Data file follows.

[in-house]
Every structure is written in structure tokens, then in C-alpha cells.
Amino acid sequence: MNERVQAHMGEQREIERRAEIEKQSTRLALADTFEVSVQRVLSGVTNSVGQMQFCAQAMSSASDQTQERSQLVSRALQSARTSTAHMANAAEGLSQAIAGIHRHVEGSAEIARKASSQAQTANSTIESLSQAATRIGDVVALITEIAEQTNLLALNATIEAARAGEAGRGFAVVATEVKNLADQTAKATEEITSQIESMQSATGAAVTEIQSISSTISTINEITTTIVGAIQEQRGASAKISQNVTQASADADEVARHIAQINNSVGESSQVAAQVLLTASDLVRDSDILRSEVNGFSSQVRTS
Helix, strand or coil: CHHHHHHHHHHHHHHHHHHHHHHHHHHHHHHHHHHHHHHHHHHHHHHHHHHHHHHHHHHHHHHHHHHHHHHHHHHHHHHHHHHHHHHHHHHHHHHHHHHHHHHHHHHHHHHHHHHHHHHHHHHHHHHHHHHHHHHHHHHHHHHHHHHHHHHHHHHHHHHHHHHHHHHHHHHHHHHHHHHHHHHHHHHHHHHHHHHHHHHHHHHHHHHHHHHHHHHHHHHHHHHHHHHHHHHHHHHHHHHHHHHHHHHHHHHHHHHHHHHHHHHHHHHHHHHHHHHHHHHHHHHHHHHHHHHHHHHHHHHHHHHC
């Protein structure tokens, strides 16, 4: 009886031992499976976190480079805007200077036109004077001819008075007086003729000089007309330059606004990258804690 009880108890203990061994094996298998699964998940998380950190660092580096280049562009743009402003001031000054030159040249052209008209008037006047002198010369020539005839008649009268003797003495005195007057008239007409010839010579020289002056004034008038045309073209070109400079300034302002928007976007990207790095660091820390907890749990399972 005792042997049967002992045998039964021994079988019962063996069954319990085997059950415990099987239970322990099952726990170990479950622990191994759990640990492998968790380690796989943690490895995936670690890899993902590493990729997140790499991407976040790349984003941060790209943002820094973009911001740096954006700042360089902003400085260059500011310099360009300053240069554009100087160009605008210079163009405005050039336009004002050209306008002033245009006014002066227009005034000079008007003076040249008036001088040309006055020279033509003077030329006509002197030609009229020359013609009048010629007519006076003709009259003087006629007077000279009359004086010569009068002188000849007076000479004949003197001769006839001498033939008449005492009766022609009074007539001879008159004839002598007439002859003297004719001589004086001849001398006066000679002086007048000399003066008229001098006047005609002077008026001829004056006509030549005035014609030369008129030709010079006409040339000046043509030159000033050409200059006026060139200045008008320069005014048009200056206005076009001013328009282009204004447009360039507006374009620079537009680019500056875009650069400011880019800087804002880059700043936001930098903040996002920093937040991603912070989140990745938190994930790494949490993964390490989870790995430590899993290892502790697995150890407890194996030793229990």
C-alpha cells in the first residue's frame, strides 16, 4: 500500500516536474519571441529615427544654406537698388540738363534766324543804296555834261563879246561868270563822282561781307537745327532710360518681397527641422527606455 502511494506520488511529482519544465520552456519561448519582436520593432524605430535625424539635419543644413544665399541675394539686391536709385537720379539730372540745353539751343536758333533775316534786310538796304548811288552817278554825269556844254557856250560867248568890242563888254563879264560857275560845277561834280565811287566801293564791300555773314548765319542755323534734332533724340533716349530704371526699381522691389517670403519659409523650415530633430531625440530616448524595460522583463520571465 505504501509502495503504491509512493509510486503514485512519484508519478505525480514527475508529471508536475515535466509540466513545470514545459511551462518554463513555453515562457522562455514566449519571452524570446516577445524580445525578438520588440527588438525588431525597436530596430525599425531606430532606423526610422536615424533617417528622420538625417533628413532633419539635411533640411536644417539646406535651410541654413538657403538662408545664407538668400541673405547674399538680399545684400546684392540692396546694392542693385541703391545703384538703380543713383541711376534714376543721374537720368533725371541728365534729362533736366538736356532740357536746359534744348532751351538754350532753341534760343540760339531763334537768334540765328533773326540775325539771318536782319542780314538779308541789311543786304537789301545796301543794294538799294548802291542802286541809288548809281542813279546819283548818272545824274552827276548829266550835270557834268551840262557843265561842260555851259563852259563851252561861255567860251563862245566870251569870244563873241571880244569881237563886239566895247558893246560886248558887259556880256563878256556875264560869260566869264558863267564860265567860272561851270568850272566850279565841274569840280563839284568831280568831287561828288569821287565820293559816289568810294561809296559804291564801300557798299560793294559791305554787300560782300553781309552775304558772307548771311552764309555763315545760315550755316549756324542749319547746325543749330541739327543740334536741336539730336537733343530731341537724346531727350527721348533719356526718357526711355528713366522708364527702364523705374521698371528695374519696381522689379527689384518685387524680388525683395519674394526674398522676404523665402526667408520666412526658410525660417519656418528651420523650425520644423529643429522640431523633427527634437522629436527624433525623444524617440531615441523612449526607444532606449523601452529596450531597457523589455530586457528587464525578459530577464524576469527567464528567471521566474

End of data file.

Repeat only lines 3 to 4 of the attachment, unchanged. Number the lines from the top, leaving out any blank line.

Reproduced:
Amino acid sequence: MNERVQAHMGEQREIERRAEIEKQSTRLALADTFEVSVQRVLSGVTNSVGQMQFCAQAMSSASDQTQERSQLVSRALQSARTSTAHMANAAEGLSQAIAGIHRHVEGSAEIARKASSQAQTANSTIESLSQAATRIGDVVALITEIAEQTNLLALNATIEAARAGEAGRGFAVVATEVKNLADQTAKATEEITSQIESMQSATGAAVTEIQSISSTISTINEITTTIVGAIQEQRGASAKISQNVTQASADADEVARHIAQINNSVGESSQVAAQVLLTASDLVRDSDILRSEVNGFSSQVRTS
Helix, strand or coil: CHHHHHHHHHHHHHHHHHHHHHHHHHHHHHHHHHHHHHHHHHHHHHHHHHHHHHHHHHHHHHHHHHHHHHHHHHHHHHHHHHHHHHHHHHHHHHHHHHHHHHHHHHHHHHHHHHHHHHHHHHHHHHHHHHHHHHHHHHHHHHHHHHHHHHHHHHHHHHHHHHHHHHHHHHHHHHHHHHHHHHHHHHHHHHHHHHHHHHHHHHHHHHHHHHHHHHHHHHHHHHHHHHHHHHHHHHHHHHHHHHHHHHHHHHHHHHHHHHHHHHHHHHHHHHHHHHHHHHHHHHHHHHHHHHHHHHHHHHHHHHHC